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ORIGINAL ARTICLE
Year : 2020  |  Volume : 27  |  Issue : 2  |  Page : 89-94

Normal ultrasonographic dimensions of the gallbladder and common bile duct in neonates


1 Department of Pediatrics, College of Medicine, University of Ibadan and University College Hospital, Ibadan, Nigeria
2 Department of Radiology, College of Medicine, University of Ibadan and University College Hospital, Ibadan, Nigeria

Correspondence Address:
Dr. Atinuke M Agunloye
Department of Radiology, College of Medicine, University College Hospital, Ibadan
Nigeria
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DOI: 10.4103/wajr.wajr_22_20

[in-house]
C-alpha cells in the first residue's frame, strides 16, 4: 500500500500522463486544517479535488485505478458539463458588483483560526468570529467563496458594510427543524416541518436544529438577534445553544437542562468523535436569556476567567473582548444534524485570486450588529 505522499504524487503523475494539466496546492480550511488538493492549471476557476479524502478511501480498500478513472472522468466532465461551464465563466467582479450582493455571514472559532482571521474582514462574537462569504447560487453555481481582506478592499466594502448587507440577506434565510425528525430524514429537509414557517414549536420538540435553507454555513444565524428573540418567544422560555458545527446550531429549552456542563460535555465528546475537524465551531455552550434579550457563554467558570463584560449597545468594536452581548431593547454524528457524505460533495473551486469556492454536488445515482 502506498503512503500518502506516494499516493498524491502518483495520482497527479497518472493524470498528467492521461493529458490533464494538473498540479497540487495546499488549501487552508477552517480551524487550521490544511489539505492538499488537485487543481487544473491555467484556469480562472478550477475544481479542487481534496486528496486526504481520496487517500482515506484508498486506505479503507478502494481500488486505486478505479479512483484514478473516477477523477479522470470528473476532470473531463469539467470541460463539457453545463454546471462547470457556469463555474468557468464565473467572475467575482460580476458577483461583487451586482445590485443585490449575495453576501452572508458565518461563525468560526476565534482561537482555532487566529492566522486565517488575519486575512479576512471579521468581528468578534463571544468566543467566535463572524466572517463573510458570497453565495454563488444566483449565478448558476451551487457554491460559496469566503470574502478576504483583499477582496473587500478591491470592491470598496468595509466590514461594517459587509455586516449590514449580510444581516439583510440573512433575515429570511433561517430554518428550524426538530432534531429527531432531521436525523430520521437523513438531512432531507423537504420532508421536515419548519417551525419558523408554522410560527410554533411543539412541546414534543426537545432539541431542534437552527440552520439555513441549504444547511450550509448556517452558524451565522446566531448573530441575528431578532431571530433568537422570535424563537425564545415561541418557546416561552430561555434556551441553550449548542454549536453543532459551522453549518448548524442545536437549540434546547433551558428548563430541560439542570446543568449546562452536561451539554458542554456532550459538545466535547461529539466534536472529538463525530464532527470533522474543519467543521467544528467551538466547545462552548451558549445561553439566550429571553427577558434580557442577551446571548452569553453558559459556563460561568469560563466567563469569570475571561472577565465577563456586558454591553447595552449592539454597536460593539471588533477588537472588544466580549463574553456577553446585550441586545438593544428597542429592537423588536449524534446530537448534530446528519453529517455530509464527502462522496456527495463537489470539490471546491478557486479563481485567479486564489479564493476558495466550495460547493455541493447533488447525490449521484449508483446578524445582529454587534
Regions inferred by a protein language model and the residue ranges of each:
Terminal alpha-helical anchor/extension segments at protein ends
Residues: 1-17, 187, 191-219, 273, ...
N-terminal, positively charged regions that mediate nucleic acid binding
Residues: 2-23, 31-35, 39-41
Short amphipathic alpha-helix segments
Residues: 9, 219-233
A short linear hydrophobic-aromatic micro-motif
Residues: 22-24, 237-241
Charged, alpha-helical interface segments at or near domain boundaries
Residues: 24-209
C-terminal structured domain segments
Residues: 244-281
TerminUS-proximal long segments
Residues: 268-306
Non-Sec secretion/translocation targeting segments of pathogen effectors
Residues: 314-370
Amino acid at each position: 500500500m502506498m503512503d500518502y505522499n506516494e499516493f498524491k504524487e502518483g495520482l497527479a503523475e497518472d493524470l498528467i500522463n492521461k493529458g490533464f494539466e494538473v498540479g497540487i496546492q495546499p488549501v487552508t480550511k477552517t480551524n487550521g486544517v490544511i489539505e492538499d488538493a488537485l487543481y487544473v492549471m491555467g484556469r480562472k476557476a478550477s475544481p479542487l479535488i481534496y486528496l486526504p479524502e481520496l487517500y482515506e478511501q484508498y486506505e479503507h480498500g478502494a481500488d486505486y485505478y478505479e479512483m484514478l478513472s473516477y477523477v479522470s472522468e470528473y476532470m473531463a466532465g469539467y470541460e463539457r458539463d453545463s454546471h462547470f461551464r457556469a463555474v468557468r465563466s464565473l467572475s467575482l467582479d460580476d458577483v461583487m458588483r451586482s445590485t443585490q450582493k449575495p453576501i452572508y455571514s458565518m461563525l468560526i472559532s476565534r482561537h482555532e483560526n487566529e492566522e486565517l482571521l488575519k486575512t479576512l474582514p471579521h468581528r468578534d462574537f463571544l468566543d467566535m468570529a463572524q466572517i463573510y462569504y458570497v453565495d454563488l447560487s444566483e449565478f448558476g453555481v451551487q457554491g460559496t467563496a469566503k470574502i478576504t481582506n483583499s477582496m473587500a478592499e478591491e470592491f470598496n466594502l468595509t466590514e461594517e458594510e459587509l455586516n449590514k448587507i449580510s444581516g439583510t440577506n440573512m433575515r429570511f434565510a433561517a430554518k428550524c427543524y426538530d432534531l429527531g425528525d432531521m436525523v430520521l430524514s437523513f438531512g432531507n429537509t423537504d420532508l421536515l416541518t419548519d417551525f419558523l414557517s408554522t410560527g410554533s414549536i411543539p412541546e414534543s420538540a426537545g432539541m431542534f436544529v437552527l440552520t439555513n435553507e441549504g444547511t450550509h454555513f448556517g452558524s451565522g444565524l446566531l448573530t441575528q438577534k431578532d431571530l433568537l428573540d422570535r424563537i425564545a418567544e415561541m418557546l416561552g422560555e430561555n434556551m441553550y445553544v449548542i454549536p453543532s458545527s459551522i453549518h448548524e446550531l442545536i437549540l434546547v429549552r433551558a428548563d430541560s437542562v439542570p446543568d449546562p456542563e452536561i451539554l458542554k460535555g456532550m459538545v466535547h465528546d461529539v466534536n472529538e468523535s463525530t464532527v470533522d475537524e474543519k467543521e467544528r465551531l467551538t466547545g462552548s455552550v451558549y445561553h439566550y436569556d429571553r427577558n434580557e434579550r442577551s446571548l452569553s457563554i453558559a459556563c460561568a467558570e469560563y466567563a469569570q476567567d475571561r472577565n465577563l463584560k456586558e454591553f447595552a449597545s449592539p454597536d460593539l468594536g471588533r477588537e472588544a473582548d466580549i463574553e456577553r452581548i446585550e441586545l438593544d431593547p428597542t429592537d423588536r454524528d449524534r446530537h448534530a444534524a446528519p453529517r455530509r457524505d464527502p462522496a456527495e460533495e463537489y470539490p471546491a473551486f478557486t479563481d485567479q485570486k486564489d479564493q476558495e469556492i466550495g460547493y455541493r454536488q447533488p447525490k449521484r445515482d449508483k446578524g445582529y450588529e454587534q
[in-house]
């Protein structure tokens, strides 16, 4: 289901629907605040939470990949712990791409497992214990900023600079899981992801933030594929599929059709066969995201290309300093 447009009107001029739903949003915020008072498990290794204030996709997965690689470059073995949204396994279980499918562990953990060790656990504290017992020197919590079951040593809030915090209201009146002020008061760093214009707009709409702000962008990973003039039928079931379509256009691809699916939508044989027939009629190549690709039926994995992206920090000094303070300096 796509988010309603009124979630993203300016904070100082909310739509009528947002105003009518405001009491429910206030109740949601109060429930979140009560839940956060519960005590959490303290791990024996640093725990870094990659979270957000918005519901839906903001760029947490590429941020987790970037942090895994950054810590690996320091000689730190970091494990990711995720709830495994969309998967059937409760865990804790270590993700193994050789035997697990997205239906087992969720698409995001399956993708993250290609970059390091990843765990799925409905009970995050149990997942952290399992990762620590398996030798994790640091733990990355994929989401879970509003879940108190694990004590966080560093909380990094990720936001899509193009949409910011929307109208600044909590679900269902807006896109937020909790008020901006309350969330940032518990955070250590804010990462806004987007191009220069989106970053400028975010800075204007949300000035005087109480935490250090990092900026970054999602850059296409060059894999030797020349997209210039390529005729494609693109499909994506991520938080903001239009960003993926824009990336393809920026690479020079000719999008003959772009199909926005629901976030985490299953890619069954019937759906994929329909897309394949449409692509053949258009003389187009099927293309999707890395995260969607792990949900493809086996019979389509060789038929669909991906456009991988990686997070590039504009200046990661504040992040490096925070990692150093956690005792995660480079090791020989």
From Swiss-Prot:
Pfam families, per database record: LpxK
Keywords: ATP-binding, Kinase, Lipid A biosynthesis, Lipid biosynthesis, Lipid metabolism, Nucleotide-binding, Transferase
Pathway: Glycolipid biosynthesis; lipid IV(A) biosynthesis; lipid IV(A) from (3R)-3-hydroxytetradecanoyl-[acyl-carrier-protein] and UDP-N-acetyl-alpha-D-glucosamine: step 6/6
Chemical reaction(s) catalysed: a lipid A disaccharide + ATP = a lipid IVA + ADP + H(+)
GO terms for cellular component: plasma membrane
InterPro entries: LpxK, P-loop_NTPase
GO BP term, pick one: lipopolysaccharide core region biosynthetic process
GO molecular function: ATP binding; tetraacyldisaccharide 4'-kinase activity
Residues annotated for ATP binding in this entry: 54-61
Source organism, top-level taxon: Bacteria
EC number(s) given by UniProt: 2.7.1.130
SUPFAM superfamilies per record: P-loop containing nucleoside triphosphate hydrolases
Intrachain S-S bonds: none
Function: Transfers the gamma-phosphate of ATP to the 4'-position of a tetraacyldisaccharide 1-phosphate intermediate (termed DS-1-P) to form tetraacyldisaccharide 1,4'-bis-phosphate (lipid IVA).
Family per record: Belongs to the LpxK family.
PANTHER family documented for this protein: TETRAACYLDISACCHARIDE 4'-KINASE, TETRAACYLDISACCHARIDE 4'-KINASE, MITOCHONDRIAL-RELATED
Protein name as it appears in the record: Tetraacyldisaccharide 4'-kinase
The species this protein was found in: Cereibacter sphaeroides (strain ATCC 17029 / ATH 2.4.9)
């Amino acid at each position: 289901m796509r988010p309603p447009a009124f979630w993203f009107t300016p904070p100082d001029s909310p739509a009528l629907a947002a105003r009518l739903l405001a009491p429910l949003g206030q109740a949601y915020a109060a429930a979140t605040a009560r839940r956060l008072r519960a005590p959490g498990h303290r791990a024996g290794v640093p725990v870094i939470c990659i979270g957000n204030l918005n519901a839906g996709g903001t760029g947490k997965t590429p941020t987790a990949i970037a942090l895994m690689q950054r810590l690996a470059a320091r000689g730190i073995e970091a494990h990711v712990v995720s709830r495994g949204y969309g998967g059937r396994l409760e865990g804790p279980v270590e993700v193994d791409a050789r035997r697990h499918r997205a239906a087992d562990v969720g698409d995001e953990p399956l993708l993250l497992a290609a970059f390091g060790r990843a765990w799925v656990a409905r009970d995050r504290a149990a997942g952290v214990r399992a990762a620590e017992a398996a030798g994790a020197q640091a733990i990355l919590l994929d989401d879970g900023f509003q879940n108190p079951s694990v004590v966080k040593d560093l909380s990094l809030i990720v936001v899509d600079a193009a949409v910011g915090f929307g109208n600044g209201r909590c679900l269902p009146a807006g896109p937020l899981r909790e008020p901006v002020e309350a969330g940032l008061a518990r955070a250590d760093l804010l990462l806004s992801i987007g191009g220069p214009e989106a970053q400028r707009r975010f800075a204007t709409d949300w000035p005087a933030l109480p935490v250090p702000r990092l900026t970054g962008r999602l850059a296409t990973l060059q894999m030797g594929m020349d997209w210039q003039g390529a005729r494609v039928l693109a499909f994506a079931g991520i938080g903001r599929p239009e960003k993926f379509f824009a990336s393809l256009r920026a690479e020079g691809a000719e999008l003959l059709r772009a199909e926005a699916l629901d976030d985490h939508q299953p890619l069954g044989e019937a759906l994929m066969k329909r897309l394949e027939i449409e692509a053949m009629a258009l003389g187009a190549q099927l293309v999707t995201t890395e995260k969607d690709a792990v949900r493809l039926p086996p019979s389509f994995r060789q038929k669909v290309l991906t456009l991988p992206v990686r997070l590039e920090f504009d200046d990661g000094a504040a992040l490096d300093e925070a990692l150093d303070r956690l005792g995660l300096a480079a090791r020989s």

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Background: Ultrasound (US) is the first choice of imaging in neonates presenting with persistent jaundice to exclude surgically correctable causes and differentiate obstructive from nonobstructive causes. Previous studies on normal dimensions of gallbladder (GB) and common bile duct (CBD) recruited adults and children spread across a wide age group. Aims: This study aimed to determine GB and CBD normal dimensions in a large homogeneous neonatal population as well as guide decision regarding pre-US fasting in neonates who require GB evaluation. Materials and Methods: Five hundred and twenty-eight healthy newborns were recruited between May 2009 and May 2011. The widest intraluminal anterior-posterior diameters of GB and CBD were measured. Neonatal age in days, sex, birth weight, weight and height, gestational age at delivery, and time interval since last feed recorded. Results: The mean age was 9.56 ± 7.66 days, and 50.6% were males. The mean CBD diameter was 1.16 ± 1.61 mm while the mean GB diameter was 4.42 ± 2.16 mm. GB and CBD were clearly seen and measurable in 297 (55.8%) neonates and 237 (44.38%) neonates, respectively. There was a significant correlation between CBD diameter and GB diameter (P = 0.04) but no correlation with any demographic parameter. GB visualization was not dependent on time interval from last feed. Conclusion: Mean neonatal values for CBD and GB were established, but neonates have a wider range of GB diameters compared with older children, so GB diameter may not be a reliable parameter for neonatal GB pathologies. GB visualization was not dependent on time interval from last feed; hence, a recent feed should not delay emergency scans, especially in ill neonates


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